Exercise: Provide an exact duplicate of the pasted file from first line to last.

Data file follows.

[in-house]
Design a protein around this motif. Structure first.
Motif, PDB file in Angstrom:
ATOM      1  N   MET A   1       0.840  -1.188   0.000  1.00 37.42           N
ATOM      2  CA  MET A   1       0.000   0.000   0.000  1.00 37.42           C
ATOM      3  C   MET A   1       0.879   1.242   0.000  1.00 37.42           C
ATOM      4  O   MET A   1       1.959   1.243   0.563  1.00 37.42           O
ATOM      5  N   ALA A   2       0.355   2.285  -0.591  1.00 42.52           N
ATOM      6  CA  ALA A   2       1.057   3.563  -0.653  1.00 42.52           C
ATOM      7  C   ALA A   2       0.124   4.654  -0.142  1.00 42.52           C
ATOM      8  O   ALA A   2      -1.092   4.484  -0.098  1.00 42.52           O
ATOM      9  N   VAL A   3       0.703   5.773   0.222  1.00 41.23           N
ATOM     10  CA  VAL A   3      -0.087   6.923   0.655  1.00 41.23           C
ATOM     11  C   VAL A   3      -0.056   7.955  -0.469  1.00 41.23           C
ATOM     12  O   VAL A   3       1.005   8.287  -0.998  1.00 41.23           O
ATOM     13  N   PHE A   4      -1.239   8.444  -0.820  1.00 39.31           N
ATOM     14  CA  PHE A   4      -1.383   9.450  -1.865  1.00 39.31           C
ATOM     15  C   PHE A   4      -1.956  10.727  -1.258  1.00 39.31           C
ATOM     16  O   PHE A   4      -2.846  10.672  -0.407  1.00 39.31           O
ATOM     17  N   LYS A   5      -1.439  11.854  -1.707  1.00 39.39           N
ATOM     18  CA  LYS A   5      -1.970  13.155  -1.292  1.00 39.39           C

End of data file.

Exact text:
[in-house]
Design a protein around this motif. Structure first.
Motif, PDB file in Angstrom:
ATOM      1  N   MET A   1       0.840  -1.188   0.000  1.00 37.42           N
ATOM      2  CA  MET A   1       0.000   0.000   0.000  1.00 37.42           C
ATOM      3  C   MET A   1       0.879   1.242   0.000  1.00 37.42           C
ATOM      4  O   MET A   1       1.959   1.243   0.563  1.00 37.42           O
ATOM      5  N   ALA A   2       0.355   2.285  -0.591  1.00 42.52           N
ATOM      6  CA  ALA A   2       1.057   3.563  -0.653  1.00 42.52           C
ATOM      7  C   ALA A   2       0.124   4.654  -0.142  1.00 42.52           C
ATOM      8  O   ALA A   2      -1.092   4.484  -0.098  1.00 42.52           O
ATOM      9  N   VAL A   3       0.703   5.773   0.222  1.00 41.23           N
ATOM     10  CA  VAL A   3      -0.087   6.923   0.655  1.00 41.23           C
ATOM     11  C   VAL A   3      -0.056   7.955  -0.469  1.00 41.23           C
ATOM     12  O   VAL A   3       1.005   8.287  -0.998  1.00 41.23           O
ATOM     13  N   PHE A   4      -1.239   8.444  -0.820  1.00 39.31           N
ATOM     14  CA  PHE A   4      -1.383   9.450  -1.865  1.00 39.31           C
ATOM     15  C   PHE A   4      -1.956  10.727  -1.258  1.00 39.31           C
ATOM     16  O   PHE A   4      -2.846  10.672  -0.407  1.00 39.31           O
ATOM     17  N   LYS A   5      -1.439  11.854  -1.707  1.00 39.39           N
ATOM     18  CA  LYS A   5      -1.970  13.155  -1.292  1.00 39.39           C